Tuesday, August 25, 2020

Rocky Mountain Myths & Legends

        Ever been fascinated by the magic and mystery of The Rockies? Well on August 26th at 7 PM Museum Curator Danielle New will be bringing to life some of this mystique with her presentation, 

"Rocky Mountain Myths & Legends"

            Danielle is an emerging museum professional and storytelling enthusiast from Southern California. She currently serves as Museum Curator for The Baldpate Inn and is pursuing a Master’s degree in Museum Studies from the University of Washington. As a trained Anthropologist, Danielle has always been captivated by the power of storytelling to educate and form connections between people.

In this presentation, Danielle will recall some of the fascinating stories born from the Rocky Mountains, ranging from Native American legends to modern-day treasure hunting. Whether you call the Rocky Mountains home or are just passing through, these famous Colorado tales are sure to enchant you. Danielle looks forward to sharing some of the untold magic and mystery of the Rockies with you all.

          Call 970.586.5397 to RSVP. Only a few spots remain! 😊

Tuesday, August 18, 2020

Climbing the Geology of Rocky Mountain National Park

Tomorrow, August 19th marks another exciting installation of our 2020 Summer Enchanted Evening program! Geology expert and recreational climber Connor Newman will discuss "Climbing the Geology of Rocky Mountain National Park" in the Key Room at 7PM. 

If you dig rocks & climbing them, this talk is for you! A unique hybrid of geological facts about Colorado's most famous 14ers, such as Longs Peak, and practical climbing philosophy, this presentation is sure to "rock" 😋🌄

Call 970.586.5397 for reservations 😀

Written by Danielle New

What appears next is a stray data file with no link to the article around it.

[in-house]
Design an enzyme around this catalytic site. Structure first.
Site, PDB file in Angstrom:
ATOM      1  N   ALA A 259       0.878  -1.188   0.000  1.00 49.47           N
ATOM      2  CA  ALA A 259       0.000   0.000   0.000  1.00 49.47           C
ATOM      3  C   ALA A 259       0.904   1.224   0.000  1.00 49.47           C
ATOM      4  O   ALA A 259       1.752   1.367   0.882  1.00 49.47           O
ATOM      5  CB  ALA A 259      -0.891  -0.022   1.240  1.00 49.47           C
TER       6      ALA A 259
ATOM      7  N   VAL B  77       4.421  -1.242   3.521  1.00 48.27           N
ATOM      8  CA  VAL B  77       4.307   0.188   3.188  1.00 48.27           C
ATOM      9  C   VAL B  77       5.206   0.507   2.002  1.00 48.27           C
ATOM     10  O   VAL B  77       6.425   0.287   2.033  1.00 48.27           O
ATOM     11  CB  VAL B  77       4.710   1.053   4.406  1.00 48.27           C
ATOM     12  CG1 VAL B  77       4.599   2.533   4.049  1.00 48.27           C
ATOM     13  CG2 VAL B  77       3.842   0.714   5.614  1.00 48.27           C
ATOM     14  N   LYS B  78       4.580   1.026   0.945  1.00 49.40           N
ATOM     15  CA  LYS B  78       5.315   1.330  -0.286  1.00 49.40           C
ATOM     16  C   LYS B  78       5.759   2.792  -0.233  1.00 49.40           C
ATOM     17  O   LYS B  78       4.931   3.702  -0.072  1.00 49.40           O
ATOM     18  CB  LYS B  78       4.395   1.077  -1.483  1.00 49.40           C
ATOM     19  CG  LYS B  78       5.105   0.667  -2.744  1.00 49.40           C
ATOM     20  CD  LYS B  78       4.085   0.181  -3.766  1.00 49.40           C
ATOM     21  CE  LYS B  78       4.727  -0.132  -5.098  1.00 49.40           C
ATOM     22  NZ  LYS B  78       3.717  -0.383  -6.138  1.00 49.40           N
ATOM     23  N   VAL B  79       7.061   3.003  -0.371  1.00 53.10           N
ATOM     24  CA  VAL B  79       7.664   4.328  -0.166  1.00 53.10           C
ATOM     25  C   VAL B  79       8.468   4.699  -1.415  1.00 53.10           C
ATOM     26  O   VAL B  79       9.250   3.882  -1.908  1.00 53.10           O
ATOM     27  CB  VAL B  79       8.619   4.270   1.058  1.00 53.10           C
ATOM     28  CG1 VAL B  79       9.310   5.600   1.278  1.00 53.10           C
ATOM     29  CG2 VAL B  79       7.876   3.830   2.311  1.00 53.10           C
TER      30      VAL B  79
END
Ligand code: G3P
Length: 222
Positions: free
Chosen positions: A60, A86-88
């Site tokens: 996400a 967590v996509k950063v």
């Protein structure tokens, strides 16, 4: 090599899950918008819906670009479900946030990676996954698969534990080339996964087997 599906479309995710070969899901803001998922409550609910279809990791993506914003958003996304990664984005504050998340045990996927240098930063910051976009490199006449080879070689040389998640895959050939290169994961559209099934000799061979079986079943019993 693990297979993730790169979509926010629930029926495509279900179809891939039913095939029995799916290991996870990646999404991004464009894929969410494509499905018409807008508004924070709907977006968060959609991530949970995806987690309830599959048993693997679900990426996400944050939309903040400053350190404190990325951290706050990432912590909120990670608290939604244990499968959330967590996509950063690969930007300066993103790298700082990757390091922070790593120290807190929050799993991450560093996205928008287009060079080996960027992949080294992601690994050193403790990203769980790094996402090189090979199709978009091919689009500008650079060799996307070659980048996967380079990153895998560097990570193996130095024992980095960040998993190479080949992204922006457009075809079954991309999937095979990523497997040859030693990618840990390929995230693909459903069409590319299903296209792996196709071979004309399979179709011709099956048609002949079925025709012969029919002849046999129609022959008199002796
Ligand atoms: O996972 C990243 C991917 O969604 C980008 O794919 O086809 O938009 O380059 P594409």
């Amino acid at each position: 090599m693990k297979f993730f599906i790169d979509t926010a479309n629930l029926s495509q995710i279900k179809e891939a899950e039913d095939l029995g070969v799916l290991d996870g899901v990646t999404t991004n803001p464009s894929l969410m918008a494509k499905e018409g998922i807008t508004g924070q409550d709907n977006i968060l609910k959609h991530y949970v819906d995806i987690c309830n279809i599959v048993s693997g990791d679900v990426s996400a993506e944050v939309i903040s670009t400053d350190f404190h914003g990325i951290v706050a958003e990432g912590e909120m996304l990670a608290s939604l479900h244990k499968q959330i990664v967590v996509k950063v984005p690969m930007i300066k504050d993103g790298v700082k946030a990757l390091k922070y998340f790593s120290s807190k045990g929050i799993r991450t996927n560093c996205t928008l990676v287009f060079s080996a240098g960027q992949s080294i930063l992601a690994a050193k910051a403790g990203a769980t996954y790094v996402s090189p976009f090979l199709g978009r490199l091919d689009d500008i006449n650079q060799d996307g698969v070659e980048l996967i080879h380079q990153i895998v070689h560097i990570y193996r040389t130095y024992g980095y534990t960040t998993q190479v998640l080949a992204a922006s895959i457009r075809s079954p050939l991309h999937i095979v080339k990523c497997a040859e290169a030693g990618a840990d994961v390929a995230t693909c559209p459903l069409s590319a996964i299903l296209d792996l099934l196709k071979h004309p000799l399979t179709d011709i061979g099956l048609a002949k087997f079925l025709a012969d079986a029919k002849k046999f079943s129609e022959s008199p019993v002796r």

Museum Curator

Saturday, August 1, 2020

Saying Goodbye

Hi all!
Today will be my last day here at the Baldpate Inn before heading back to Michigan. I thought I would share some of my favorite memories from my time here. 

Late night fires at the Key-Thedral

Walks around Lily Lake to watch the sunset

Going on day trips with the new friends I made 

Presenting at Summer Enchanted Evenings

and learning to find peace in the little things of life

I would like to thank all our readers and my new and old friends that have made my time here unforgettable.

Written by Maddie Anderson

Friday, July 31, 2020

In The Jailhouse Now

Slammer, clink, can, pen, pokey, joint. These are all different words for the same place: jail. 

Here in the Baldpate Inn Key Room & Museum we have several keys from jails all around the country. We have the key to the old Baraga County Jail in Michigan, which was dismantled in 1911 and has since been rebuilt. An even older key unlocks the front door of the Weld County Jail in Colorado, built in 1896. 
Blair, Nebraska Jail Key

One of our jail keys tells a somewhat grim, yet fascinating story. A mob of angry people stole the jail key from the Marshal in Blair, Nebraska, a small town near Omaha. They rushed the jailhouse, pulled out a prisoner who had murdered a family, and executed him in an act of vigilante justice.

Another key unlocked the kitchen to a prisoner of war base in Germany during WWII. A longtime Estes Park resident acquired the key specifically to donate it to the Key Room.

Arthur Gooch's Handcuff Key